Send to

Choose Destination
J Hum Genet. 2012 Sep;57(9):556-63. doi: 10.1038/jhg.2012.75. Epub 2012 Jun 21.

The functional significance of microRNA-375 in human squamous cell carcinoma: aberrant expression and effects on cancer pathways.

Author information

Department of Functional Genomics, Chiba University Graduate School of Medicine, Chiba, Japan.


MicroRNAs (miRNAs) are a class of small, non-coding RNA molecules consisting of 19-22 nucleotides that are involved in a variety of biological processes, including development, differentiation, apoptosis and cell proliferation. In cancer research, a growing body of evidence has indicated that miRNAs are aberrantly expressed in many types of human cancers and can function either as tumor suppressors or oncogenes. Bioinformatic predictions suggest that miRNAs regulate more than 30% of protein-coding genes. Aberrant expression of miRNAs in cancer cells causes destruction of miRNA-regulated messenger RNA networks. Therefore, the identification of miRNA-regulated cancer pathways is important for understanding the molecular mechanisms of human cancer. Searching for the aberrant expression of miRNAs in cancer cells is the first step in the functional analysis of miRNAs in cancer cells. Genome-wide miRNA expression signatures can rapidly and precisely reveal aberrant expression of miRNA in cancers. The miRNA expression signatures of human cancers have revealed that miR-375 is significantly downregulated in cancer cells. Our recent data on maxillary sinus, hypopharyngeal and esophageal squamous cell carcinomas have suggested that miR-375 is frequently downregulated and functions as a tumor suppressor that targets several oncogenic genes in cancer cells. In this review, we focus on several types of human squamous cell carcinoma and describe the aberrant expression of miRNAs and the cancer pathways they regulate in these diseases.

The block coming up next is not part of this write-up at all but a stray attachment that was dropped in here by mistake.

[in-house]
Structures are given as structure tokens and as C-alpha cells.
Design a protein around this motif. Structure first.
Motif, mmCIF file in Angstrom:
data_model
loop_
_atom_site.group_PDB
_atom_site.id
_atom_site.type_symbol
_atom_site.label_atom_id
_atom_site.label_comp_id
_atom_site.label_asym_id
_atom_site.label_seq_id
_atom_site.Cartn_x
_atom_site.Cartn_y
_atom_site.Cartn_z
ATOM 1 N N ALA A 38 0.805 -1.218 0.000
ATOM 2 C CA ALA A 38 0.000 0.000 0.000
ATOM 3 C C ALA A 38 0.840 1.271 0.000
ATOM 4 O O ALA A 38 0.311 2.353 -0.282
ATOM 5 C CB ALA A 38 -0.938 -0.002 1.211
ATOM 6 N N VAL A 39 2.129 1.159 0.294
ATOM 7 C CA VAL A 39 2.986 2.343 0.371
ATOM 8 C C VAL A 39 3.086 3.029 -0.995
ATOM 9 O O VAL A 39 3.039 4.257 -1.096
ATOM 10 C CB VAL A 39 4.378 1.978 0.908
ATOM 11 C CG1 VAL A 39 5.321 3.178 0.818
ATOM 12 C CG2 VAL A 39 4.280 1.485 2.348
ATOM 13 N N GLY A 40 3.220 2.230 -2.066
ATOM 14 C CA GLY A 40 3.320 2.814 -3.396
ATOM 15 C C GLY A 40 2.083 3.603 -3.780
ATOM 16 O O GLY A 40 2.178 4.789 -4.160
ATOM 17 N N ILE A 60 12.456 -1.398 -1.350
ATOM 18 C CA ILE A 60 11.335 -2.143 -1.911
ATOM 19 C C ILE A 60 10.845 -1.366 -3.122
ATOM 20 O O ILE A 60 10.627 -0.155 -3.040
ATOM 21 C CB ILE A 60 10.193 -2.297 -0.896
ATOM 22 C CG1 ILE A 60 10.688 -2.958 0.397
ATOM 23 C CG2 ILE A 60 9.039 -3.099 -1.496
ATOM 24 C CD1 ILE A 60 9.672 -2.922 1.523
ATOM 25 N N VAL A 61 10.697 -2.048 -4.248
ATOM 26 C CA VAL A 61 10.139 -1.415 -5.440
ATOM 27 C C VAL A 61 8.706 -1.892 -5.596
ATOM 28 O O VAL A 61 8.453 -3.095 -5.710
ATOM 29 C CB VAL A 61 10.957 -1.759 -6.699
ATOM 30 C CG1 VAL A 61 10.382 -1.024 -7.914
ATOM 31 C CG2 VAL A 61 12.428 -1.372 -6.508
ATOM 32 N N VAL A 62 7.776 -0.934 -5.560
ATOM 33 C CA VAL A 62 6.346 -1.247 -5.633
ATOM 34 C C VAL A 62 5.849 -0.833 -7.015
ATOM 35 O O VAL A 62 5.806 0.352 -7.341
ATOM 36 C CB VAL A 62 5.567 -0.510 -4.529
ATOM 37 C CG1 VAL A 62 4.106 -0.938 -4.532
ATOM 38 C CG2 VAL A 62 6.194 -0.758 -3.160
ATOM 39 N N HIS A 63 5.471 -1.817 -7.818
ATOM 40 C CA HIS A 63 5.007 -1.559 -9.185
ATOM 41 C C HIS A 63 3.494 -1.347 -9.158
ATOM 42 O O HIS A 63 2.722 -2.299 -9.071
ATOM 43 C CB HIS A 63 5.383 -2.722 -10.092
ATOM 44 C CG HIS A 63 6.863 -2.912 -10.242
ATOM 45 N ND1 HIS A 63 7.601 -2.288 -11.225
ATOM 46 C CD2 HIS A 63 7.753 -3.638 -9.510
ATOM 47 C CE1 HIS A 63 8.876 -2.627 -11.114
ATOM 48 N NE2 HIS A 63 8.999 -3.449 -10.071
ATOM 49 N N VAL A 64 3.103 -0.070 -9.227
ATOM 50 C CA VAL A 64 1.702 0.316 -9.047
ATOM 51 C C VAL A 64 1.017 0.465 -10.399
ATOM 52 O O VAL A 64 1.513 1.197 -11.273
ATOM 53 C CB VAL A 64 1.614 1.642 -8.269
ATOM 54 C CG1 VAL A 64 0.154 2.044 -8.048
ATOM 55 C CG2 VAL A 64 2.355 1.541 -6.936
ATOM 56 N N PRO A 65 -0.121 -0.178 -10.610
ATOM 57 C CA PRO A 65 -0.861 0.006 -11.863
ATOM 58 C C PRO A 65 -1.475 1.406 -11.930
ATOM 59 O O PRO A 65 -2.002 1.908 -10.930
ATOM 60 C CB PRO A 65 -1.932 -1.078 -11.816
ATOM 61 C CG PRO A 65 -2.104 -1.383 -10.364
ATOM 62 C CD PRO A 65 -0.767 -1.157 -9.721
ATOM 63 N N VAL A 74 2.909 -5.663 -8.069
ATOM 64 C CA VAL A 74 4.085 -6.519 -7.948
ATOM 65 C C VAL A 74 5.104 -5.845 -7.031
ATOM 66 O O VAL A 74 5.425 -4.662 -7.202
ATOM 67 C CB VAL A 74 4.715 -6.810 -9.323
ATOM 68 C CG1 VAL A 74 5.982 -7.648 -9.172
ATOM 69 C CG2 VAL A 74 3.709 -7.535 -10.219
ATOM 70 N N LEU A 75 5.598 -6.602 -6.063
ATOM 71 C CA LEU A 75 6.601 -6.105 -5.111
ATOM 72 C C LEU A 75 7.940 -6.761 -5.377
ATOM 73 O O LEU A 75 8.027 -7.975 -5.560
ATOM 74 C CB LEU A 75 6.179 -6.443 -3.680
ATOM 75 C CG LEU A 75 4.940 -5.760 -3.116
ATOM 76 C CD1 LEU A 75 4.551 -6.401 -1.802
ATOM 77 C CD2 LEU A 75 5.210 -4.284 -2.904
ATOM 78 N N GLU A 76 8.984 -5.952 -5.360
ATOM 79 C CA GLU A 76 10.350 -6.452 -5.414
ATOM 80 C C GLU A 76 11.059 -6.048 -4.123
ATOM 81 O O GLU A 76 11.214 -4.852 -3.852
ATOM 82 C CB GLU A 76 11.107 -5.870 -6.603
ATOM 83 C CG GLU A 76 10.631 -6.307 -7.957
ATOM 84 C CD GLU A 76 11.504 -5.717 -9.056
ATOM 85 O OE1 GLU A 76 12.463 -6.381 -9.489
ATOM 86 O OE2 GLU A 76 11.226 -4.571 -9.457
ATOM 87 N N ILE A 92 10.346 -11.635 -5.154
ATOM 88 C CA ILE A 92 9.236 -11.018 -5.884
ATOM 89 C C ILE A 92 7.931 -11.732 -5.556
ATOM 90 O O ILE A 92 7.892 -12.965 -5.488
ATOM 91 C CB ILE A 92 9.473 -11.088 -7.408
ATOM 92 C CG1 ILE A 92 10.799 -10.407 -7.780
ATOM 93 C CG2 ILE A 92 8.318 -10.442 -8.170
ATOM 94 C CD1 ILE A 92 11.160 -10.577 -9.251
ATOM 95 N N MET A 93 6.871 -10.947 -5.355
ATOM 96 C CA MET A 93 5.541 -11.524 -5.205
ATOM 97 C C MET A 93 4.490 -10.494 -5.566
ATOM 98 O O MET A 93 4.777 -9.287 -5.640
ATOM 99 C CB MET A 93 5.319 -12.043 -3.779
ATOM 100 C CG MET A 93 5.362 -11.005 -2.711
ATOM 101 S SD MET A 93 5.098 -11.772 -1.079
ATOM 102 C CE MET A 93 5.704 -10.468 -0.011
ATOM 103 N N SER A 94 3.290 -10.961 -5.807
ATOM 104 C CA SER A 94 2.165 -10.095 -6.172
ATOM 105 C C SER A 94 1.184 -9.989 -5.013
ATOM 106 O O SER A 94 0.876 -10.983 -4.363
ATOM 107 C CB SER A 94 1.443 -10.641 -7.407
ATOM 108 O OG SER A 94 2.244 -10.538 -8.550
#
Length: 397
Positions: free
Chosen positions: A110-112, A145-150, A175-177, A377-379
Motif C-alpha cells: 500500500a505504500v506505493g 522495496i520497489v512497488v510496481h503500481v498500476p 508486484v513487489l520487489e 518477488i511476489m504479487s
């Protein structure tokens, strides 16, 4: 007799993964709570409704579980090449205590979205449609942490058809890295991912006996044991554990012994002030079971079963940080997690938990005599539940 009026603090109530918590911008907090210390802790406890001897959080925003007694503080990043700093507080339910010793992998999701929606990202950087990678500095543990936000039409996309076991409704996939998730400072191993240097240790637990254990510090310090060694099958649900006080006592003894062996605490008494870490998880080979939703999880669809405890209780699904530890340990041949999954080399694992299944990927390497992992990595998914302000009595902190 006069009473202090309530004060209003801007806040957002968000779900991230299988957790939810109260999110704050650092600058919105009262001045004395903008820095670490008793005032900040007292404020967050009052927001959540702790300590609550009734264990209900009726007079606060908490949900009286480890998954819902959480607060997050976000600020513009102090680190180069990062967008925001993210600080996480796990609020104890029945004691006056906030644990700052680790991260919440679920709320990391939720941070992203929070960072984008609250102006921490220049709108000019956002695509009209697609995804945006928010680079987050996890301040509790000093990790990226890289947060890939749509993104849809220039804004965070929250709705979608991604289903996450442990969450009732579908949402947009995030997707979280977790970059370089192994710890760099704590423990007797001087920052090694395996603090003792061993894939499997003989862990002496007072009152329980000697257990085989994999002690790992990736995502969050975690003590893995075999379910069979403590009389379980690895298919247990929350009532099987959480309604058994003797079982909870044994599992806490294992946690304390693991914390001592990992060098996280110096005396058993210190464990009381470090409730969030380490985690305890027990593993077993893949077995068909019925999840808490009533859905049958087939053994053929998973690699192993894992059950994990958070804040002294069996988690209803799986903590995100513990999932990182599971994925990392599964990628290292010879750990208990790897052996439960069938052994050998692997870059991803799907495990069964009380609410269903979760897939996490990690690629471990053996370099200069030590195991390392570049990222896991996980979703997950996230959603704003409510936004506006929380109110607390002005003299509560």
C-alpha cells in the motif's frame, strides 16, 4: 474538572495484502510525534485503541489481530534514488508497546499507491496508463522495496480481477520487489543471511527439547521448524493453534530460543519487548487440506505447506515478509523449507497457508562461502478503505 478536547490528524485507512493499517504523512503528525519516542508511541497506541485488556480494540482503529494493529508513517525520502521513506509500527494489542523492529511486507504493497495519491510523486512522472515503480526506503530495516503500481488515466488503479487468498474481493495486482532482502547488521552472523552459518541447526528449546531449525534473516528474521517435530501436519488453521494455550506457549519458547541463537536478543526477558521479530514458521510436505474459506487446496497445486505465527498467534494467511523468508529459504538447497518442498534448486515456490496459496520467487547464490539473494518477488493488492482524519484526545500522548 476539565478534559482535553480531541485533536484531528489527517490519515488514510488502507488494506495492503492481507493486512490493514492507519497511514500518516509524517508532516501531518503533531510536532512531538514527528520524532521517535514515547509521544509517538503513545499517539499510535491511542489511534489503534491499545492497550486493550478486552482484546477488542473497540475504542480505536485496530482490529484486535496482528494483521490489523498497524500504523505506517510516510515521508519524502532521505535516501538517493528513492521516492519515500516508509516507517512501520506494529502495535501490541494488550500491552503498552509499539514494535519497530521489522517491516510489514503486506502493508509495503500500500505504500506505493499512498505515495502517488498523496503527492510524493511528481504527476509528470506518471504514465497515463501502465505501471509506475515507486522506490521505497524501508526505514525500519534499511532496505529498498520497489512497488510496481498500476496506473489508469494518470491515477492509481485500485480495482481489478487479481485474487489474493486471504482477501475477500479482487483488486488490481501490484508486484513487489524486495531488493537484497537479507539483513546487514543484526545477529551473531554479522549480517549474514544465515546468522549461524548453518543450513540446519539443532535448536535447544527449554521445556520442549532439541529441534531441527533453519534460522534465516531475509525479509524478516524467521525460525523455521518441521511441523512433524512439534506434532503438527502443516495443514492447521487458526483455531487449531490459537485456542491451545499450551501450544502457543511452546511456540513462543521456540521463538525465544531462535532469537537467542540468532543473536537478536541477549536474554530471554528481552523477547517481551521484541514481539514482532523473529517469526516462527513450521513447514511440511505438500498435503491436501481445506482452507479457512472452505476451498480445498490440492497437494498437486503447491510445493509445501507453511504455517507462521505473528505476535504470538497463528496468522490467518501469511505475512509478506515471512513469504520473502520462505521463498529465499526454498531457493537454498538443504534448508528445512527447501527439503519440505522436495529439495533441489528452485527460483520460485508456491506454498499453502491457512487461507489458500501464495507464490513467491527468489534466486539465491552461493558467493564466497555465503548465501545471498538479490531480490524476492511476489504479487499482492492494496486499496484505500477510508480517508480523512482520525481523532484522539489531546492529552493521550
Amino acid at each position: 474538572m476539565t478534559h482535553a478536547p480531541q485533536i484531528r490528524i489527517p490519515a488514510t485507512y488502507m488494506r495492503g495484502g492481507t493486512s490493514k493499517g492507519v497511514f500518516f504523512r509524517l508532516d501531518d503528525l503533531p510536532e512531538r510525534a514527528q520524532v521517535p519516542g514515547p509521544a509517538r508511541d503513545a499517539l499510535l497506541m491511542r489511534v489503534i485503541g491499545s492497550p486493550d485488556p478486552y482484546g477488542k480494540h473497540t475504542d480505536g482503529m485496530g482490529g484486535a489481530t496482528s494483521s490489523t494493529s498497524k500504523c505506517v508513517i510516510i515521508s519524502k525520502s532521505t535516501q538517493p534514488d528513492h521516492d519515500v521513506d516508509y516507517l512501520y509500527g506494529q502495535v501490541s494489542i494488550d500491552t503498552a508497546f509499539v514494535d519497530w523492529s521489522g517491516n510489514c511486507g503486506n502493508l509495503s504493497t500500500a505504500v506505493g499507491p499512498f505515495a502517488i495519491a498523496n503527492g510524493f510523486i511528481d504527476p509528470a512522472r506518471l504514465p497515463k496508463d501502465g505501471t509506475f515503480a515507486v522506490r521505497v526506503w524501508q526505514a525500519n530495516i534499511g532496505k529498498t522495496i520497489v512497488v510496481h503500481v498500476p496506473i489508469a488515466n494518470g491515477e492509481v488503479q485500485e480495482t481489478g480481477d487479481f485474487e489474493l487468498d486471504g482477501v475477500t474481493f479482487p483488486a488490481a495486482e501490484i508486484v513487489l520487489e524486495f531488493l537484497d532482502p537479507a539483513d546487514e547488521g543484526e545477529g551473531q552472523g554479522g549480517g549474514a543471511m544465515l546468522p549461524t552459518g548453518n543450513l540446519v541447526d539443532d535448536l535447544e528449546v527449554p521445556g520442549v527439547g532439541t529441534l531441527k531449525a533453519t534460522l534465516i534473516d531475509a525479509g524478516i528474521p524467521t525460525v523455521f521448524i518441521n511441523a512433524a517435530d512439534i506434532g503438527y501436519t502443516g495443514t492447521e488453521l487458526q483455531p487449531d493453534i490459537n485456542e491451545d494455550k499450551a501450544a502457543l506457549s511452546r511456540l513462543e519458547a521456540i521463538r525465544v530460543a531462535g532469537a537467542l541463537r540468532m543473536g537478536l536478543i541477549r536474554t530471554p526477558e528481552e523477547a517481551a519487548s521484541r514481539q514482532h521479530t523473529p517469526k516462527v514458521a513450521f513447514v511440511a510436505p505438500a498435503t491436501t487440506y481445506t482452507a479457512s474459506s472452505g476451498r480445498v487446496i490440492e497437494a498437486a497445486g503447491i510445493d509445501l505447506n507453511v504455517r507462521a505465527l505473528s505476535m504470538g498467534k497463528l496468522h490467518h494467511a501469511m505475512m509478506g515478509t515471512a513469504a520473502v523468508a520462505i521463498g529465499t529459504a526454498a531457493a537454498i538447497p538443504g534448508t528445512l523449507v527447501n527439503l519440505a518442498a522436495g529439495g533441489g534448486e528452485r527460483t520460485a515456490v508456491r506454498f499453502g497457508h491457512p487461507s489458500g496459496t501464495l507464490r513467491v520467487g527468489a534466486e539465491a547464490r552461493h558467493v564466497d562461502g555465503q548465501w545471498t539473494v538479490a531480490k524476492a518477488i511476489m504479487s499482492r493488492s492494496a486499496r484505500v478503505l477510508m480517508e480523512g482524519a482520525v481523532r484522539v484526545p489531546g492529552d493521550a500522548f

[Indexed for MEDLINE]

Supplemental Content

Full text links

Icon for Nature Publishing Group
Loading ...
Support Center